Up front, Ashley Barnes is the most Ashley Barnes player to have ever played the game while Chris Wood and his lumbering, clumsy frame will score goals. They’re to be aided again this season by Jay Rodriguez, returning to the club from West Brom.
However, Tom Heaton, arguably one of the league’s best stoppers, has left for fellow claret-and-blue’s Aston Vila, a painful loss. They will point to earning £8 million for a 33-year-old and replacing him with youngster Bailey Peacock-Farrell from Leeds for less as part of a long-term strategy, but short-term the loss of quality could stall them.
16. Norwich (Last season: 1st in the Championship)
Had Norwich not romped to success in the second division last season, this may be seen as a free hit at the Premier League. They weren’t expecting promotion, yet they finished 13 points clear of the playoffs and a steady 5 in front of runners-up Sheffield United.
Naturally, expectations have risen and surviving the Premier League will not simply be the aim, but the minimum requirement. This is in spite of spending little over £1 million to improve the squad, by far the smallest outlay of the 20 clubs.
There may be fears the club as a whole simply wasn’t ready for promotion at this time. There’s no doubt, however, that Daniel Farke, another who came through Borussia Dortmund’s immense coaching system, is prepared and has prepared meticulously.
If he can eke out similar levels of effort from his squad once more then survival is likely. Emi Buendia, Onel Hernandez and Teemu Pukki all produced beyond initial expectations last term. They need only to meet them this time around to satiate the fanbase.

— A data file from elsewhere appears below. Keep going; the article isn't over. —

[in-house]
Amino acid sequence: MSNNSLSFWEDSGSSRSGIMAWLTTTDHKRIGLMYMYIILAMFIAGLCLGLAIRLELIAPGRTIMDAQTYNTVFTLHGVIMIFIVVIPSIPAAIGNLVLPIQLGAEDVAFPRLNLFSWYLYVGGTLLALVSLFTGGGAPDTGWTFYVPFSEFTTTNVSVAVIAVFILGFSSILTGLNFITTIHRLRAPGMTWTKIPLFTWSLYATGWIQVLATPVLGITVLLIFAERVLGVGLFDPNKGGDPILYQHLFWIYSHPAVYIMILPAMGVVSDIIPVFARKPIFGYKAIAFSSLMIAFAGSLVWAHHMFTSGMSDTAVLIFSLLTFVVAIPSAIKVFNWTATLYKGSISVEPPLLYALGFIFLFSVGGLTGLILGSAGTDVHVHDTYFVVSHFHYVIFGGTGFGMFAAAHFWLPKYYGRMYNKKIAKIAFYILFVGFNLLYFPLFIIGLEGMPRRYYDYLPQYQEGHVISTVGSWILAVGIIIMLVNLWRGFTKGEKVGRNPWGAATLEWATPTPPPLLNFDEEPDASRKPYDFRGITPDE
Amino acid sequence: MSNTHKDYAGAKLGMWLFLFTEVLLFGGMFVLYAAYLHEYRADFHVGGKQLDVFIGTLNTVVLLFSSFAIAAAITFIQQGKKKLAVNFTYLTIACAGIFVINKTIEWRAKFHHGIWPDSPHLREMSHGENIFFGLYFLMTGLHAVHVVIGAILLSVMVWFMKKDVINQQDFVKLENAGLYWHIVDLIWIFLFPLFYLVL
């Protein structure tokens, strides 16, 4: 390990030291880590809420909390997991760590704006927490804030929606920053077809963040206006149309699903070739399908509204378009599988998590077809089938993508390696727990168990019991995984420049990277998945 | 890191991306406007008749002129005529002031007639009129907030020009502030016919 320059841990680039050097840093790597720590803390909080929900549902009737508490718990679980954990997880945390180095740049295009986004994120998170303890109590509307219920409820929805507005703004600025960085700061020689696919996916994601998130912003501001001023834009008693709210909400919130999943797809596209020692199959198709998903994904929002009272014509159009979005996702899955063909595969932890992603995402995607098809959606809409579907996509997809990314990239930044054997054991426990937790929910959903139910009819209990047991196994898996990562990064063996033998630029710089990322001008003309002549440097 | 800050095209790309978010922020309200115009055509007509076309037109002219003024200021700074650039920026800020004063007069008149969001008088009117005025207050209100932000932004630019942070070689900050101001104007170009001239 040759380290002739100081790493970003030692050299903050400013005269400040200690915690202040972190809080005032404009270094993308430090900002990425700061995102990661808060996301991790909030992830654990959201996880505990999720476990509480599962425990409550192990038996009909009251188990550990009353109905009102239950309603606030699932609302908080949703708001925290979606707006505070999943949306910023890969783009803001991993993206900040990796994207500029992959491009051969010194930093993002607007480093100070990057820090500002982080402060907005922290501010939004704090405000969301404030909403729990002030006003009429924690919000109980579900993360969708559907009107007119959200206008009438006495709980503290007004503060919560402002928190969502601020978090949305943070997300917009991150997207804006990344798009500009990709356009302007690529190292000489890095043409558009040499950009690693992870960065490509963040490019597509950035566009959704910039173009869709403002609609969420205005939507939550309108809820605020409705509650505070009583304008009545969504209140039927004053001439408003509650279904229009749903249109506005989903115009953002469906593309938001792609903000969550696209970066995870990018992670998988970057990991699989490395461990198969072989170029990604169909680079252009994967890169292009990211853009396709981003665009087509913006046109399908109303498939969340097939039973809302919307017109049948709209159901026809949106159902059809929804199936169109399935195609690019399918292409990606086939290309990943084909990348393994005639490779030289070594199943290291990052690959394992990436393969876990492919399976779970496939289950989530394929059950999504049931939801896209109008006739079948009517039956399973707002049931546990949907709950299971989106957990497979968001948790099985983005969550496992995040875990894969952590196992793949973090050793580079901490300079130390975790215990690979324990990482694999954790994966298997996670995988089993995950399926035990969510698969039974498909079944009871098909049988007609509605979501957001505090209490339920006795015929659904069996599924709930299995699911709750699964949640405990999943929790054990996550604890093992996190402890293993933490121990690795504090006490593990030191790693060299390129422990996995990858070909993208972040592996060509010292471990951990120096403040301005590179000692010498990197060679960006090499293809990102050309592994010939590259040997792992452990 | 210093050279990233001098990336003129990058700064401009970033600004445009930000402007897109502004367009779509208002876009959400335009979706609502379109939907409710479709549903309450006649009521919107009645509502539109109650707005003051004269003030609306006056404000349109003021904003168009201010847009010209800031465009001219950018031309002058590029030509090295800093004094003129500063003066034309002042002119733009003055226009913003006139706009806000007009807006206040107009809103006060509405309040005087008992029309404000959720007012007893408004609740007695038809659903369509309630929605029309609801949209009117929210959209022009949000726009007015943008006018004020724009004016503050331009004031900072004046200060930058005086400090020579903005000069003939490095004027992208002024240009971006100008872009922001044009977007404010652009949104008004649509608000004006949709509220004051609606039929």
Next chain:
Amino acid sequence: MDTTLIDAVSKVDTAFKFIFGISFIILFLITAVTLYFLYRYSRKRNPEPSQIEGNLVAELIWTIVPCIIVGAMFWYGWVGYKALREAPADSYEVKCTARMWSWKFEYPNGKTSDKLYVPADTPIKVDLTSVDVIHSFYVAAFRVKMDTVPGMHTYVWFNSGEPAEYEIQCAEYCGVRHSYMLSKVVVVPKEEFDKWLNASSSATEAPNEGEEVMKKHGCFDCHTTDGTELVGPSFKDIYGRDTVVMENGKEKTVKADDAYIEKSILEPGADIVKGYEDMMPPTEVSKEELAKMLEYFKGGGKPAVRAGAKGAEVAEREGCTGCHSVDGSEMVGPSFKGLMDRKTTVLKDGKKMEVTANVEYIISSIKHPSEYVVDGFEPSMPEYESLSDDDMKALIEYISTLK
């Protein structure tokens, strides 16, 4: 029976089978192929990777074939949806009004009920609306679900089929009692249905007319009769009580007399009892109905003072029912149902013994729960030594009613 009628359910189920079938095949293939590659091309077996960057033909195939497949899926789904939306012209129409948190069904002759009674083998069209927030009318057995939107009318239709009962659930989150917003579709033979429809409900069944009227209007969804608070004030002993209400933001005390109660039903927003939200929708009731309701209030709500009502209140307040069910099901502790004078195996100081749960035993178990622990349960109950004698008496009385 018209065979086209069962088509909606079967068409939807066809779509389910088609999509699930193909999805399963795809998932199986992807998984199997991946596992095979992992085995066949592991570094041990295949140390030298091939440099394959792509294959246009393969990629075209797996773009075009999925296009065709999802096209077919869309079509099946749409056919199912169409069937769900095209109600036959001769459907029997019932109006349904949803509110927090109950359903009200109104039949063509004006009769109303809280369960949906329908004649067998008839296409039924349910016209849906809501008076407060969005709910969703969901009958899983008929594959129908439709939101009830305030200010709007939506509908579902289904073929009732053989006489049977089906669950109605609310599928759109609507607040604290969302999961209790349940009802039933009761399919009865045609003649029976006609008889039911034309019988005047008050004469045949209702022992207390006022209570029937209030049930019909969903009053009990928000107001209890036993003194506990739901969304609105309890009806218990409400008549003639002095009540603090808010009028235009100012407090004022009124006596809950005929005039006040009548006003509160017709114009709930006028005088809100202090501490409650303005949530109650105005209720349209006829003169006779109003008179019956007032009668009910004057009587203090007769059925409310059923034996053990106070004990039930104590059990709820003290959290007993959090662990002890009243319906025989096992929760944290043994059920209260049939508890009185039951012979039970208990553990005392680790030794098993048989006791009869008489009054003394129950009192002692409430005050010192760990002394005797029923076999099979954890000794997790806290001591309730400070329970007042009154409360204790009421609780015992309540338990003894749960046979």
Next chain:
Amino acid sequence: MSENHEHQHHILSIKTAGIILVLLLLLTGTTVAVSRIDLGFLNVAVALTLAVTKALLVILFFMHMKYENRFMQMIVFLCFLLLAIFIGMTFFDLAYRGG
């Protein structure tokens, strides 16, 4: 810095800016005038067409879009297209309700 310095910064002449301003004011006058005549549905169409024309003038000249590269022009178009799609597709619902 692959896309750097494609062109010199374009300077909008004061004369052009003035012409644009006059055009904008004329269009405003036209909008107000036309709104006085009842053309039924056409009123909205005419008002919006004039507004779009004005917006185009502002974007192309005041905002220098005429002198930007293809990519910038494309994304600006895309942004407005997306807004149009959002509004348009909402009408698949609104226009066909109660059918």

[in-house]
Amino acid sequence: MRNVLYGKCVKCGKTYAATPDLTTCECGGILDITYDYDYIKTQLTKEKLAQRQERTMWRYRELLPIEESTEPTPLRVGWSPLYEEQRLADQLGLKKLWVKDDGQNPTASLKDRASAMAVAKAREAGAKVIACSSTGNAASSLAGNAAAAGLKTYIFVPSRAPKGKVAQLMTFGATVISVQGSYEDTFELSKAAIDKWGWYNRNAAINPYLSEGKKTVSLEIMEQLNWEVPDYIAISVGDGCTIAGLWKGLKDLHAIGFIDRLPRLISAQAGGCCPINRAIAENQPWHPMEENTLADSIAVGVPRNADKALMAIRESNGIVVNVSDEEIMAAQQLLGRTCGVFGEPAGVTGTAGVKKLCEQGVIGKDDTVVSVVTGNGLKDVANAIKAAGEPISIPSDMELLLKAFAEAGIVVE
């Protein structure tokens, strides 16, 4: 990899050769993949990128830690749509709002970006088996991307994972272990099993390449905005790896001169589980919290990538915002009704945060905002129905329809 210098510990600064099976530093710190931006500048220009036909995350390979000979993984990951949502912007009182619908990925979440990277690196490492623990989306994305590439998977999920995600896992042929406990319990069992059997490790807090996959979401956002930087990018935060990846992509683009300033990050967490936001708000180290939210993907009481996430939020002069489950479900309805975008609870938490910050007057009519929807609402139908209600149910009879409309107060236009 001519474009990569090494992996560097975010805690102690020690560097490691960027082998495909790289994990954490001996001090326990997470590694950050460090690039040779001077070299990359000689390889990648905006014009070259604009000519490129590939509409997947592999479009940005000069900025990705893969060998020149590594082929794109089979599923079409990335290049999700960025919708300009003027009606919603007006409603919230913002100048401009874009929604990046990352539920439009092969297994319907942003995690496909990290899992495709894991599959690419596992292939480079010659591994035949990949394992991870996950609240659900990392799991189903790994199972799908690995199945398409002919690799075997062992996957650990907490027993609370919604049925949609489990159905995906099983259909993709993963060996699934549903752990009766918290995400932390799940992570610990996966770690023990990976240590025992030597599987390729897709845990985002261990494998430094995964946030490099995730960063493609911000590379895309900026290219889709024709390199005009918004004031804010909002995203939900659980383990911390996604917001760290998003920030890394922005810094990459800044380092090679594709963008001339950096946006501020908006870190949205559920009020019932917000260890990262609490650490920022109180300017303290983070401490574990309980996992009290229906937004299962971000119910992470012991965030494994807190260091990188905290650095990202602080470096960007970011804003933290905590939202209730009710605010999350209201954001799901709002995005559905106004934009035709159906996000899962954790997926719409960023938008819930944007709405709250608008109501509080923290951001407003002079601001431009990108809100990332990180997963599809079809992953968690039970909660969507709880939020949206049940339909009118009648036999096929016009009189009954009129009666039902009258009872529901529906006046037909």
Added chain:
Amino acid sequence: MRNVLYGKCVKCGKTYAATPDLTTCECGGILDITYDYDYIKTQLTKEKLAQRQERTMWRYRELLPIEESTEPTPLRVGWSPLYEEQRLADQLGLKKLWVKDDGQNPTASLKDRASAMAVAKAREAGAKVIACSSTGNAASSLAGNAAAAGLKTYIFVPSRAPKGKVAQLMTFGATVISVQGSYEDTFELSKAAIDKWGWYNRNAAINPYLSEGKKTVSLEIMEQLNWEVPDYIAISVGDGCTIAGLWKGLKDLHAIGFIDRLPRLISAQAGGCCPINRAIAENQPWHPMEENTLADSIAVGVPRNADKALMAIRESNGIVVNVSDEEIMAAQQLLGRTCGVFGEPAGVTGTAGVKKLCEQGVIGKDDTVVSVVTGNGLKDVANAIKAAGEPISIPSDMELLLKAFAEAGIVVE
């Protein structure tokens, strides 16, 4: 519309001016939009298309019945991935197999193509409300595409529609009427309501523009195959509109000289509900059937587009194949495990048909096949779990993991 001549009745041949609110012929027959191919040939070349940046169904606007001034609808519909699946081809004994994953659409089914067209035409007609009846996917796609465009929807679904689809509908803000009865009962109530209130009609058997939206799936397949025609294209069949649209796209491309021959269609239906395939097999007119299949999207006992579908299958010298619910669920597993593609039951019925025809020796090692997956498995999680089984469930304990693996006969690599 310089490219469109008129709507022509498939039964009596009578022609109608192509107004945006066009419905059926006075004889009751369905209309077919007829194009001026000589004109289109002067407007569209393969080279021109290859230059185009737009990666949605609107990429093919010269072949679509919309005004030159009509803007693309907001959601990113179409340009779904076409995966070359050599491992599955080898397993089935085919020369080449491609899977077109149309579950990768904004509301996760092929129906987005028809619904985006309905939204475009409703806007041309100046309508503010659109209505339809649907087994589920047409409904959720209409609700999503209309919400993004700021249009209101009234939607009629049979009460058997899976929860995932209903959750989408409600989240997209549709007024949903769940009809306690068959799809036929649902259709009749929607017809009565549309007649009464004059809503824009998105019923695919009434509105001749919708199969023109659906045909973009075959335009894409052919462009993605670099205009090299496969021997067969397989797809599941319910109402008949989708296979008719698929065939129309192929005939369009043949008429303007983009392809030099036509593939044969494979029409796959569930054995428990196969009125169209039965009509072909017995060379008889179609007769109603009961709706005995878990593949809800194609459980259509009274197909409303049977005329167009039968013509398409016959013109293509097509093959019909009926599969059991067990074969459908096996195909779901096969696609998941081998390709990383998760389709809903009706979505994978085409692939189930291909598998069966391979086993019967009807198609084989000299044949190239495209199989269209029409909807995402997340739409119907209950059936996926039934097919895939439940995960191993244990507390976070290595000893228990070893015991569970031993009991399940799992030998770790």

17. Bournemouth (Last season: 14th)
I’m afraid this is the season. This is the season in which Bournemouth are finally involved in the relegation scrap predicted of them since they gained promotion in 2015.
Their incomings are, as ever, based around future gain. Lloyd Kelly and Jack Stacey have shown potential at Bristol City and Luton respectively while Philip Billing has outgrown Huddersfield.
However, Bournemouth’s transfers in the past have looked to obviously have improved the squad in certain positions. Kelly is the only necessary name on the previous list. Billing and Kelly add depth, and much needed, but improvement? I’m not so sure.
Ryan Fraser and David Brooks had breakout seasons last season and their attacking line-up remains sharp. Eddie Howe, meanwhile, is the longest serving coach in the league and garners the respect of clubs and journalists nationwide for his affluent manner and tactical nous.
This is the strongest the Premier League has been since they emerged as a genuine top-level side, though and there remain serious questions over the defence and in goal. They might be as leaky as ever and it could cost them.
18. Newcastle (Last season: 13th)
Though a club record signing has entered St James’s Park over the last month, transfers of players at Newcastle have paled in comparison to the possibilities of a change of manager and owner.